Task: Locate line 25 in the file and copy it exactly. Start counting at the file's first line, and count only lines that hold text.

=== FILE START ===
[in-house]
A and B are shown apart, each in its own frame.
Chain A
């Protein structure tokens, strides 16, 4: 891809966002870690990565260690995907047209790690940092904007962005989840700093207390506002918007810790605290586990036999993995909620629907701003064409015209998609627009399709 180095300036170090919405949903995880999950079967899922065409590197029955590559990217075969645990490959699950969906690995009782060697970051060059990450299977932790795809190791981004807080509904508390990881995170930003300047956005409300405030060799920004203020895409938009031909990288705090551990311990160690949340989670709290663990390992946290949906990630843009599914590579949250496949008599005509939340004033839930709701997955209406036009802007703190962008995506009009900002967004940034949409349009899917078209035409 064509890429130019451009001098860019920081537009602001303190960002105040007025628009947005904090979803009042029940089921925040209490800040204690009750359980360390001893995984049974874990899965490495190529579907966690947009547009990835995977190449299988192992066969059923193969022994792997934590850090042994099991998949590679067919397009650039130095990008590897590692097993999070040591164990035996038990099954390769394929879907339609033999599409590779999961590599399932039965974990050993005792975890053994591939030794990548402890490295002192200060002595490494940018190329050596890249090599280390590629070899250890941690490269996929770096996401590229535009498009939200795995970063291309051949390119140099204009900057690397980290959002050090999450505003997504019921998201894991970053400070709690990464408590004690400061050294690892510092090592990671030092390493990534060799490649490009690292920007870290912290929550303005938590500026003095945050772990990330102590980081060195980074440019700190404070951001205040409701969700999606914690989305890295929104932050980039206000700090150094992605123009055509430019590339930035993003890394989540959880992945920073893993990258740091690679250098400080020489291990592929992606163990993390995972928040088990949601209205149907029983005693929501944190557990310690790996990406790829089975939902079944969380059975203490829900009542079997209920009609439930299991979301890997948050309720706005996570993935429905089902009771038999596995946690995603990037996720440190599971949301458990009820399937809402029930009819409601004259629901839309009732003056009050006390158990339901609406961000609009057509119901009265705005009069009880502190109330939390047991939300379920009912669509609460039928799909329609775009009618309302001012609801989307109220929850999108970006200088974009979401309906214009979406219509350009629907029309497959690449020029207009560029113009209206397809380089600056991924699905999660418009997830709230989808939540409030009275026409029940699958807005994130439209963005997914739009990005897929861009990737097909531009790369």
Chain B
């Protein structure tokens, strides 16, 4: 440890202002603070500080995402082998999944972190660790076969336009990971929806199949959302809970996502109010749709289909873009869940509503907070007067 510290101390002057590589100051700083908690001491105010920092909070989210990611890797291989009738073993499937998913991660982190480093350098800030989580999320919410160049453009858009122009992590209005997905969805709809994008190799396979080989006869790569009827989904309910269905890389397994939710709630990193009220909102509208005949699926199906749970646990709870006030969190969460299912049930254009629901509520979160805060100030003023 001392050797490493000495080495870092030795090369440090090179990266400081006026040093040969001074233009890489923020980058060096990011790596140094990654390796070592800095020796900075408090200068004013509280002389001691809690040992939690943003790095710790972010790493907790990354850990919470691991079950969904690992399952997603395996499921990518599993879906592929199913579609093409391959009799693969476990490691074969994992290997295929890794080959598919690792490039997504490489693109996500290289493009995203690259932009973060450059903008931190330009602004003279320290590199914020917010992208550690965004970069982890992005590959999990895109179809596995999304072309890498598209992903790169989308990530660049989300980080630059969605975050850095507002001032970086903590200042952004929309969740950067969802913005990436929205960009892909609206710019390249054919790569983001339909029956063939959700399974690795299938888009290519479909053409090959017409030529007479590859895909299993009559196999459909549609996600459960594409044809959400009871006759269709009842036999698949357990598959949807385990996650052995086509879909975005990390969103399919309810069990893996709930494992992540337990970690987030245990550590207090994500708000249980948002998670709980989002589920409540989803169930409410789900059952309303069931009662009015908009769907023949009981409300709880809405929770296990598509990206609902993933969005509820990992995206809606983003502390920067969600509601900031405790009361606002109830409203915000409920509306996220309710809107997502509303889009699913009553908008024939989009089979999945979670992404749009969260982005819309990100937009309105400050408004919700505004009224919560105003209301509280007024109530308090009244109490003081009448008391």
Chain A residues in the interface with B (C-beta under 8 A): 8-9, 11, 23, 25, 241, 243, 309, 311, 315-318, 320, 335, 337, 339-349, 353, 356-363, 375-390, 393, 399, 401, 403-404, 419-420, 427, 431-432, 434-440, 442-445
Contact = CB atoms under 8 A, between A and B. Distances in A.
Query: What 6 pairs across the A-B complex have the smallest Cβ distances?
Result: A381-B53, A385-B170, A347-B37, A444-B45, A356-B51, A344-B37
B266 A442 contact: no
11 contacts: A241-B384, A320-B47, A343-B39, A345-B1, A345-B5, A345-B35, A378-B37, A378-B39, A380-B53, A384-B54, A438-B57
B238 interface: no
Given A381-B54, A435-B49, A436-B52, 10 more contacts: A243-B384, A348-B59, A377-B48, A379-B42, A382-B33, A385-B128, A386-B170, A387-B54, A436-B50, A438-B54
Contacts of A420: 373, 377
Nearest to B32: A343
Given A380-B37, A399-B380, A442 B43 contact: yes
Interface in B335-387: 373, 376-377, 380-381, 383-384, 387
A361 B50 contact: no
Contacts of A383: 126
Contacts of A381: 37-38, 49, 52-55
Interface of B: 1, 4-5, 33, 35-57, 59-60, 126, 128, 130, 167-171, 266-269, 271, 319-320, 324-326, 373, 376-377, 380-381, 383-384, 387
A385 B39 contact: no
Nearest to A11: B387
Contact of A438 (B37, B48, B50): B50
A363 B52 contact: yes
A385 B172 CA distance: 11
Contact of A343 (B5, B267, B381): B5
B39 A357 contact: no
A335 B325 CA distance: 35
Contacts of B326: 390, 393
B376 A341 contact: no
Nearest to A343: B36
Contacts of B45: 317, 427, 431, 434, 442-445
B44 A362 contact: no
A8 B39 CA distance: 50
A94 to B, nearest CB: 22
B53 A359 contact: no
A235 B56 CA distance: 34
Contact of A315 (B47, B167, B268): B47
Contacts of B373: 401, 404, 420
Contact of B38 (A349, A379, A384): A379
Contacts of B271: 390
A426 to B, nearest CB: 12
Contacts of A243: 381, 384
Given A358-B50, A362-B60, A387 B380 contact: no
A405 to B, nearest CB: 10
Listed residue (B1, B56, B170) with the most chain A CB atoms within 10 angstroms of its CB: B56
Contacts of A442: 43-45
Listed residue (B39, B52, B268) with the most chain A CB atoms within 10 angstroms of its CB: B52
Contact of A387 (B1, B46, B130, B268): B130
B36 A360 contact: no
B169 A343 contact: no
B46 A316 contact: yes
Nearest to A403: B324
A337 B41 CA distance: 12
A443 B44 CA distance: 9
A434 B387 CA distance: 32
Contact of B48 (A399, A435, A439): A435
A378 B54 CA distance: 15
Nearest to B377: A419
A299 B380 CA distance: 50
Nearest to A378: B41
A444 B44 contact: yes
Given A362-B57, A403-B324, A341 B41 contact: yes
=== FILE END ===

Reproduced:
Contact of A438 (B37, B48, B50): B50